Fortunately, the substantive historical essays cover more familiar ground and here, as in her influential monographs, Burton’s analysis is subtle, original and incisive. ‘Tongues Untied’ reveals how Victorian racial hierarchies were worked – and re-worked – across global and domestic referents. Race, Burton shows, was vital to British politics at the same time that politics was central to the elaboration of Victorian taxonomies of race: Lord Salisbury’s boorish slur on the ‘colour’ of an Indian parliamentary candidate and the alternative racial hierarchies deployed by his critics, reveal the ‘fundamentally transnational nature of British political culture in the fin de siecle’ (219). Dynamic and polyvalent, Burton’s reading of the case illustrates the multiple transmissions and encounters which endowed race with contemporary significance. Other essays locate gender in similar analytic fields and it is in the dialogic readings of empire and gender that Burton’s contribution to Victorian – and imperial – studies is perhaps most apparent. In her analysis of Mary Carpenter’s agitations for imperial social reform and of the campaigns to educate ‘Lady Doctors for India’, Burton shows how the ‘plight’ of Indian women provided  a vehicle for Victorian feminists’ claims to public and political agency. Similarly, ‘From Child Bride to “Hindoo Lady”’ offers a deft reading of the celebrated case of the Rukhmabai, the child bride, demonstrating how discourses of gender, law and politics traversed colonial and metropolitan circuits. As Rukhamabai resisted her betrothal via the Indian courts and the metropolitan media – appealing directly to Victoria on behalf of the ‘millions of [her] Indian daughters’ (208) doomed to infant marriage – she demonstrated how notions of women’s respectability could be produced, and contested, beyond national frames: ‘performances of women’s virtue were staged neither in Britain nor in India alone but in the transnational communities of colonial culture that imperial social formation generated’ (212). Though Burton’s prose is sometimes dense, the analysis is sharp and precise skilfully illuminating the dialectic of metropole and colony to reveal Victorian culture and politics as racialised landscapes.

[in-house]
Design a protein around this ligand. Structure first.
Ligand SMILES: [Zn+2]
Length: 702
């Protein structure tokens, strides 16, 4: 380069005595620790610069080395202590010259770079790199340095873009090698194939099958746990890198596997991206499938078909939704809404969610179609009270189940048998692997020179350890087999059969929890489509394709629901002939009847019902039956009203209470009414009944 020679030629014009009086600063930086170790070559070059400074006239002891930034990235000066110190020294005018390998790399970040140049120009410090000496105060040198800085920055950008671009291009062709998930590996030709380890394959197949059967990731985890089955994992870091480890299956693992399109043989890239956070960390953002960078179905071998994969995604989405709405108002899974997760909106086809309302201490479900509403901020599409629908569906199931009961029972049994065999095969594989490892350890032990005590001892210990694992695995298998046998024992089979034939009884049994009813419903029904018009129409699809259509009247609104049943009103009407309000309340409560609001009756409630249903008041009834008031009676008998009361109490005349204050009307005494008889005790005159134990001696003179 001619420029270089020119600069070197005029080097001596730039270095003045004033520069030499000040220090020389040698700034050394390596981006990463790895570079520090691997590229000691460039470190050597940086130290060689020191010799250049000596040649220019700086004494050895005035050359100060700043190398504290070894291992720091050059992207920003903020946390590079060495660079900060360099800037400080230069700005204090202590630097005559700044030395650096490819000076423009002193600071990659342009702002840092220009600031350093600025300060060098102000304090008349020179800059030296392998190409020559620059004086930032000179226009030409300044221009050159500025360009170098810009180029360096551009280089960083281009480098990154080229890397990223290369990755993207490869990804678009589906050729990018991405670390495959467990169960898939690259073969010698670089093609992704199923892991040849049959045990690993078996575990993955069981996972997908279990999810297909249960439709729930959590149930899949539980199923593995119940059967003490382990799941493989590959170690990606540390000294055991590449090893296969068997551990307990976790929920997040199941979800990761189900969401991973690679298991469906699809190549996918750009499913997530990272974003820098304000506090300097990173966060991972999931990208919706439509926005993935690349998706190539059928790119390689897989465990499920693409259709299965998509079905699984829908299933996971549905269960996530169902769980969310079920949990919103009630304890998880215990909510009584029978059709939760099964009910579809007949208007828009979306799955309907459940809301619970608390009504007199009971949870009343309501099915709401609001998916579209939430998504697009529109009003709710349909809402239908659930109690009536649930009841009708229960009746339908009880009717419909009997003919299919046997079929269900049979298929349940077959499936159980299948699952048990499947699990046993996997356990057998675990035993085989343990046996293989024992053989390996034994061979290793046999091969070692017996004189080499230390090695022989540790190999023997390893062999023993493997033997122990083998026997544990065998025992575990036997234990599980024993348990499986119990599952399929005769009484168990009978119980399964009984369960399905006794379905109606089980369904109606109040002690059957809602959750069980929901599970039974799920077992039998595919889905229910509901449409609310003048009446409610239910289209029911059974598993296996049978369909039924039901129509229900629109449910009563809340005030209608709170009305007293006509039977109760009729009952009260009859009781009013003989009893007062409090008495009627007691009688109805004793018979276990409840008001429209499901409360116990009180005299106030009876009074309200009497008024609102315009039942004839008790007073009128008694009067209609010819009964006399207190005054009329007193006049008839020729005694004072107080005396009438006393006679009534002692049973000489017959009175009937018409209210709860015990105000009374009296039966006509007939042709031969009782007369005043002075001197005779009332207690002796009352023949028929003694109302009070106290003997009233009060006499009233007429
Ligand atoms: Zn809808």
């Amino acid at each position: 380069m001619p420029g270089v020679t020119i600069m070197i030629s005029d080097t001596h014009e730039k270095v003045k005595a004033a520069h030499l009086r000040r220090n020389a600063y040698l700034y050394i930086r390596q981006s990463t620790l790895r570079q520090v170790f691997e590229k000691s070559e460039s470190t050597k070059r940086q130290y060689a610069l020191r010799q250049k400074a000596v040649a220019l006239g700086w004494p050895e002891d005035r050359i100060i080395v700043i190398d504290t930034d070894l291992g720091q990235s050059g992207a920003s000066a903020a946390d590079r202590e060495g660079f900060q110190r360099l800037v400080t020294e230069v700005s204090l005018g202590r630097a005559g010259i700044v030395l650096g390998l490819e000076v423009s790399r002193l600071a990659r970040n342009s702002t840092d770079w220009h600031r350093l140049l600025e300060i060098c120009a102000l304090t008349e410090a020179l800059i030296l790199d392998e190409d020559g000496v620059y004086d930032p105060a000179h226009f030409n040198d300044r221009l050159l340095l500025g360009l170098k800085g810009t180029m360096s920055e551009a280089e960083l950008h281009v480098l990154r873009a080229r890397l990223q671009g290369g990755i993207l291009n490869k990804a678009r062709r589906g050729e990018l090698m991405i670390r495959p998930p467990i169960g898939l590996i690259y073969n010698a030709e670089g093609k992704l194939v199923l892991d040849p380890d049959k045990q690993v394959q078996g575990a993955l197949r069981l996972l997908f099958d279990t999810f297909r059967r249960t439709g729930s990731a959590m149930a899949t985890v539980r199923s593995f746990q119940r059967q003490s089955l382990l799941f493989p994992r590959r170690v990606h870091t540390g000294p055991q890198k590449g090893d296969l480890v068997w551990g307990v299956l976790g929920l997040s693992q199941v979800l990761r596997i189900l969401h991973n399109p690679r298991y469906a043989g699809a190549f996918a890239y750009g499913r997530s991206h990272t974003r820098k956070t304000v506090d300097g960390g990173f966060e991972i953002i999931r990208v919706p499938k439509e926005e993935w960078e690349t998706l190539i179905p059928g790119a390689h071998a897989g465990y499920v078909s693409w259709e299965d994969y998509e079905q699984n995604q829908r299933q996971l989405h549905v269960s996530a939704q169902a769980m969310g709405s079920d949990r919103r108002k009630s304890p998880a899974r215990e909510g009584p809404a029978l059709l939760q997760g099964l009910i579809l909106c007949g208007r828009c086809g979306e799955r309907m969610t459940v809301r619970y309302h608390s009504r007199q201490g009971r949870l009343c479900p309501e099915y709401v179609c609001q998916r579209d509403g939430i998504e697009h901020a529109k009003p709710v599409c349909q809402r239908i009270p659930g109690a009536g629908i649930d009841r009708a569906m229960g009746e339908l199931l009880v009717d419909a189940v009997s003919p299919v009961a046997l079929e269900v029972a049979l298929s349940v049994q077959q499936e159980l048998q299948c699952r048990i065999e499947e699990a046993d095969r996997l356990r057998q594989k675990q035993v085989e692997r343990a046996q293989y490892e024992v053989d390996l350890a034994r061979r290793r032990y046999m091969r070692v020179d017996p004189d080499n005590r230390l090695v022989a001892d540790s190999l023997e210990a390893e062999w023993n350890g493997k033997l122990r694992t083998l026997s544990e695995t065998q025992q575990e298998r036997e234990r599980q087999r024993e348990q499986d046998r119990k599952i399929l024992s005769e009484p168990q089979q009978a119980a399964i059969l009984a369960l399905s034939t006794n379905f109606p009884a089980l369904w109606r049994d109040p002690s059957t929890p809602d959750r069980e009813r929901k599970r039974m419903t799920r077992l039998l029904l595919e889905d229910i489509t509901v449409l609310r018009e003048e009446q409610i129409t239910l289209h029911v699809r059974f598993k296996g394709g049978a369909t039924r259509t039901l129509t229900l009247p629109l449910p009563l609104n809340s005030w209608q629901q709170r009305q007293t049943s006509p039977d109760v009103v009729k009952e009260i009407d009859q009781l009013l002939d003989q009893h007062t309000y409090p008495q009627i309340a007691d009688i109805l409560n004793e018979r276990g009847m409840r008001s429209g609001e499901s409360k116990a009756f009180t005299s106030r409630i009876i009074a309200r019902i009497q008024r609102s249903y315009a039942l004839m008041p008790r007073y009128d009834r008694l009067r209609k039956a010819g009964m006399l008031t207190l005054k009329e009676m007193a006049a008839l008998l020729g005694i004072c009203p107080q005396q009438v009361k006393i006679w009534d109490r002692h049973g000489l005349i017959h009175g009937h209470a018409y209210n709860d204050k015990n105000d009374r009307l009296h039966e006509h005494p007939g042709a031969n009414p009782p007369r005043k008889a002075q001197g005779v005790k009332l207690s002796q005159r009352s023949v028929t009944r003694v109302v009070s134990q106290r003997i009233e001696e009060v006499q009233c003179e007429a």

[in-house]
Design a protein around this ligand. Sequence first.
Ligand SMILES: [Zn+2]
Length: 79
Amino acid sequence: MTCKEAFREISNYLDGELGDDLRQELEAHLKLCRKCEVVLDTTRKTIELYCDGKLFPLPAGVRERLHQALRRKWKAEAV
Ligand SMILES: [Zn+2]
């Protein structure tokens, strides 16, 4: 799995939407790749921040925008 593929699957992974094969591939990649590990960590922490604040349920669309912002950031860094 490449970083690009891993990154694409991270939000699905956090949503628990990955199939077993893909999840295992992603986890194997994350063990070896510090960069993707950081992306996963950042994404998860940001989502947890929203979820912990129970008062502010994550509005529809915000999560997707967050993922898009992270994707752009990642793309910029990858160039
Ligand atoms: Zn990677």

Many of these arguments are now familiar. In collecting the essays together, Empire in Question offers a genealogy of Burton’s dialogues with the interlocutors – from Cohn, Said and Spivak to contemporaries like Catherine Hall and Mrinalhi Sinha – whose work has also influenced the genesis of the new imperial history. As a cursory survey of Anglo-American reading lists will confirm, these are the works which now undergird imperial history and historiography.[ii] Indeed, if Burton’s attack on the ‘disciplinarity’ of ‘empiricist’ methodologies feels dated, this is partly because the influence of the cultural turn has been so profound. Burton suggests that her combative and polemical style reflects the ‘indifference, contempt and outrage’ that met early presentations of her work and, instructively, Empire in Question recalls several significant antagonists: the Oxford History of the British Empire, David Cannadine and Niall Ferguson, amongst others, provide sounding boards against which Burton distinguishes her own readings of empire and, significantly, her own politics (9). Borrowing Stoler’s notion of ‘precarious vulnerability’ to characterise the instability of the British imperial system Burton makes a persuasive case for rejecting  ‘whitewashed’ histories of ‘Anglo-Saxon’ imperialism.  However, in hanging this critique around Ferguson’s Empire – hardly a central text for scholars of the Victorian empire, whatever its sales might suggest – the political imperative threatens to obscure the historiographical one.

As the barbed critique of Ferguson makes clear, Burton’s polemical verve derives partly from her insistence on reading empire’s past in terms of its political present – an approach also reflected in her pursuit of empire’s traces in contemporary media and culture. Though not unproblematic, this approach can be suggestive and provocative: while devolution and the return of Hong Kong have not (yet) proved the disjuncture with the imperial past that Burton anticipated in 2003’s ‘When Was Britain?’, her framing of empire vis-à-vis urban rioting, the murder of Stephen Lawrence and history’s place in the national curriculum now seems particularly prescient. At the same time, recent events demonstrate how widely the relationship between Britain’s imperial past and postcolonial present is being rethought: the widespread incredulity at David Starkey’s analysis of recent riots suggests how far 2011 is from 1981 and 1968.[iii] Similarly, while traces of imperial nostalgia linger in parts of British culture, more subtle analyses of nation and empire are increasingly prominent. In different ways, the Museum of London’s permanent ‘London, Sugar and Slavery’ gallery, the National Theatre’s production of Richard Bean’s England People Very Nice, and the Tricycle’s Testing the Echo all reflect the dialogues which are the central concern of Burton’s work. In contemporary culture, as in the academy, the influence of the postcolonial critique is unmistakable.